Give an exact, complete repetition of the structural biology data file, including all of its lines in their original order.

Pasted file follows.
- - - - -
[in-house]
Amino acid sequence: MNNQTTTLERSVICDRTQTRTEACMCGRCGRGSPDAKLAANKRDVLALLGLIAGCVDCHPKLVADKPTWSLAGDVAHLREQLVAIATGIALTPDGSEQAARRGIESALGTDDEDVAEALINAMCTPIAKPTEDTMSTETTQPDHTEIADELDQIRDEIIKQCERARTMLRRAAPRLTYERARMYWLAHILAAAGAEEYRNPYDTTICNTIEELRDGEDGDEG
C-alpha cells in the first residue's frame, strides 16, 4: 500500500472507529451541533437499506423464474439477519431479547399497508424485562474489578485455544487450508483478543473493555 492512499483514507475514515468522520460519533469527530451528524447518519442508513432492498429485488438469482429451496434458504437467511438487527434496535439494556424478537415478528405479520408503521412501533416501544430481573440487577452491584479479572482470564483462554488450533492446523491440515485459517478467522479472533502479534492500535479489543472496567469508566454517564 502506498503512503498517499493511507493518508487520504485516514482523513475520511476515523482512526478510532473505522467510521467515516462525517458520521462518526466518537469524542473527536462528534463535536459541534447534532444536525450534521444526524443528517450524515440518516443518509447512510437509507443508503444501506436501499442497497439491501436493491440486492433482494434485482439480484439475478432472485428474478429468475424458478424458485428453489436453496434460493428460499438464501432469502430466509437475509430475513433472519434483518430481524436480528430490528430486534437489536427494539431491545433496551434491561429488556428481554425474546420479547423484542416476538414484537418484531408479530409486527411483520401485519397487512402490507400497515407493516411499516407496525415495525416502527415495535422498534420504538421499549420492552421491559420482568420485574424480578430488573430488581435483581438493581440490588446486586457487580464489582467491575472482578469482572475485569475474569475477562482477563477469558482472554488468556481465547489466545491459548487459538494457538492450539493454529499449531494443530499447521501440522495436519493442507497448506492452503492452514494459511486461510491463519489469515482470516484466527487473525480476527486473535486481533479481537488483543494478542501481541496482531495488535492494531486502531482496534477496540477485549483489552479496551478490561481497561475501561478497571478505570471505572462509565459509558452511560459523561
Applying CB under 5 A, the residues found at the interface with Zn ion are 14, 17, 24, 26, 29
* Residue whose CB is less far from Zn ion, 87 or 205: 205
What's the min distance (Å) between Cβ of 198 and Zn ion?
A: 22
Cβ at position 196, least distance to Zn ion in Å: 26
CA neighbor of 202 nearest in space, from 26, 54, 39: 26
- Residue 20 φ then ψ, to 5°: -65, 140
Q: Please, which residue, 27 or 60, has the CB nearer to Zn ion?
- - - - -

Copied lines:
[in-house]
Amino acid sequence: MNNQTTTLERSVICDRTQTRTEACMCGRCGRGSPDAKLAANKRDVLALLGLIAGCVDCHPKLVADKPTWSLAGDVAHLREQLVAIATGIALTPDGSEQAARRGIESALGTDDEDVAEALINAMCTPIAKPTEDTMSTETTQPDHTEIADELDQIRDEIIKQCERARTMLRRAAPRLTYERARMYWLAHILAAAGAEEYRNPYDTTICNTIEELRDGEDGDEG
C-alpha cells in the first residue's frame, strides 16, 4: 500500500472507529451541533437499506423464474439477519431479547399497508424485562474489578485455544487450508483478543473493555 492512499483514507475514515468522520460519533469527530451528524447518519442508513432492498429485488438469482429451496434458504437467511438487527434496535439494556424478537415478528405479520408503521412501533416501544430481573440487577452491584479479572482470564483462554488450533492446523491440515485459517478467522479472533502479534492500535479489543472496567469508566454517564 502506498503512503498517499493511507493518508487520504485516514482523513475520511476515523482512526478510532473505522467510521467515516462525517458520521462518526466518537469524542473527536462528534463535536459541534447534532444536525450534521444526524443528517450524515440518516443518509447512510437509507443508503444501506436501499442497497439491501436493491440486492433482494434485482439480484439475478432472485428474478429468475424458478424458485428453489436453496434460493428460499438464501432469502430466509437475509430475513433472519434483518430481524436480528430490528430486534437489536427494539431491545433496551434491561429488556428481554425474546420479547423484542416476538414484537418484531408479530409486527411483520401485519397487512402490507400497515407493516411499516407496525415495525416502527415495535422498534420504538421499549420492552421491559420482568420485574424480578430488573430488581435483581438493581440490588446486586457487580464489582467491575472482578469482572475485569475474569475477562482477563477469558482472554488468556481465547489466545491459548487459538494457538492450539493454529499449531494443530499447521501440522495436519493442507497448506492452503492452514494459511486461510491463519489469515482470516484466527487473525480476527486473535486481533479481537488483543494478542501481541496482531495488535492494531486502531482496534477496540477485549483489552479496551478490561481497561475501561478497571478505570471505572462509565459509558452511560459523561
Applying CB under 5 A, the residues found at the interface with Zn ion are 14, 17, 24, 26, 29
* Residue whose CB is less far from Zn ion, 87 or 205: 205
What's the min distance (Å) between Cβ of 198 and Zn ion?
A: 22
Cβ at position 196, least distance to Zn ion in Å: 26
CA neighbor of 202 nearest in space, from 26, 54, 39: 26
- Residue 20 φ then ψ, to 5°: -65, 140
Q: Please, which residue, 27 or 60, has the CB nearer to Zn ion?